UN confirms record 38C temperature for the Arctic

Siberian town of Verkhoyansk reached the temperature during a prolonged heatwave in June last year.

The World Meteorological Organization (WMO) has confirmed that a temperature of 38 degrees Celsius (100.4 degrees Fahrenheit) reached in a Siberian town last year was a record for the Arctic.

The United Nations’ agency said on Tuesday the temperature that hit Verkhoyansk on June 20, 2020, came during a prolonged heatwave amid conditions which averaged as much as 10C (50F) above normal for much of the summer over Arctic Siberia.

“This new Arctic record is one of a series of observations … that sound the alarm bells about our changing climate,” said Petteri Taalas, the WMO’s secretary-general.


Verkhoyansk is about 115km (71 miles) north of the Arctic Circle – a region that is among the fastest warming in the world and is heating more than twice the global average.

The WMO said in a statement the 2020 heatwave “fuelled devastating fires, drove massive sea loss and played a major role” in last year being one of the three hottest years on record.

“It is possible, indeed likely, that greater extremes will occur in the Arctic region in the future,” it added.

The body has opened a record number of investigations into weather extremes as climate change unleashes unrivalled storms and heatwaves.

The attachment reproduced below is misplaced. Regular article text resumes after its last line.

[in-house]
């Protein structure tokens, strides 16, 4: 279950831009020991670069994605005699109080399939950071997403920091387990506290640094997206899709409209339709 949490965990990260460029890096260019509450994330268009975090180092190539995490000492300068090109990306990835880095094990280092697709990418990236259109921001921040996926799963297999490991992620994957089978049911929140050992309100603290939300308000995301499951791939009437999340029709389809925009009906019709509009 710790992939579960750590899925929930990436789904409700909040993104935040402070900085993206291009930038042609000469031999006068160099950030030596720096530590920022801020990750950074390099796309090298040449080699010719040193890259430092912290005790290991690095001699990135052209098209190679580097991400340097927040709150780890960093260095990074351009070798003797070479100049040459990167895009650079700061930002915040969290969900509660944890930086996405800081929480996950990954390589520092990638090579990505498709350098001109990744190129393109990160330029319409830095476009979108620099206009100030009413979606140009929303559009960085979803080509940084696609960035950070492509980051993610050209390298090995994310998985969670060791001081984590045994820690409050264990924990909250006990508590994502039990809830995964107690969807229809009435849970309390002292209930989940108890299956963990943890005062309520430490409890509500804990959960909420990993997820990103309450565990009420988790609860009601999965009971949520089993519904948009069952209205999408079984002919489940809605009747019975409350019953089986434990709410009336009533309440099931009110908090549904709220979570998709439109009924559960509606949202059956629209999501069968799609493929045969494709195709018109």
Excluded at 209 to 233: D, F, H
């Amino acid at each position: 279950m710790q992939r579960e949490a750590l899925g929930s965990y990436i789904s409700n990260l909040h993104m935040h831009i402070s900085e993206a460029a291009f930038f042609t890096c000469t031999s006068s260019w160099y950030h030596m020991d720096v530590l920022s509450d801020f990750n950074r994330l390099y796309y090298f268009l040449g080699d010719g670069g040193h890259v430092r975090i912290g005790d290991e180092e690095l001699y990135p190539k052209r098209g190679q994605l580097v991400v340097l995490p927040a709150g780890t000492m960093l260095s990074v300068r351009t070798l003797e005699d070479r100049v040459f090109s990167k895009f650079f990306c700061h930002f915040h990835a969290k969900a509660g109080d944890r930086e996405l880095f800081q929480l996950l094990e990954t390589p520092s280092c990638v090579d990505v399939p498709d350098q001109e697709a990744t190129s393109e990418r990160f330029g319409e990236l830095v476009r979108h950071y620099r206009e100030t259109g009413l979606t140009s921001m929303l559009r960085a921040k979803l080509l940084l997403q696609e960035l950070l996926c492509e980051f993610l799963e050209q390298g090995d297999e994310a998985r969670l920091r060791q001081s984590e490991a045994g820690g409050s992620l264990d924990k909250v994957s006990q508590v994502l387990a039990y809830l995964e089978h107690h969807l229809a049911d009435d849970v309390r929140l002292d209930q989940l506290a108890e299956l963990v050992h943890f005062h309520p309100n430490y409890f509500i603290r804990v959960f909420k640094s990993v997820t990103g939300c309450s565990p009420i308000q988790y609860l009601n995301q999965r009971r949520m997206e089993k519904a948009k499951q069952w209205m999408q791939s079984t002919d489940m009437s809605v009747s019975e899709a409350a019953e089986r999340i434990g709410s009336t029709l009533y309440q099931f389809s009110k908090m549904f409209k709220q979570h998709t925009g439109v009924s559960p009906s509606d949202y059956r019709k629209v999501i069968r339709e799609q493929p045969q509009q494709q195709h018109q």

Since Arctic records are a new category, the data for the Verkhoyansk probe needed checking against other records as part of a vigorous verification process involving a network of volunteers.

The record is now an official entry in the World Weather & Climate Extremes Archive, a sort of Guinness World Records for weather that also includes the heaviest hailstone and longest lightning flash.

The agency already has a category for the Antarctic and had to create a new one for the Arctic after the submission in 2020.

The organisation is also seeking to validate a reported record for Europe in Italy’s Sicily, which saw the thermometer climb to 48.8C (120F) this summer.

“The WMO Archive of Weather and Climate Extremes has never had so many ongoing simultaneous investigations,” Taalas said.


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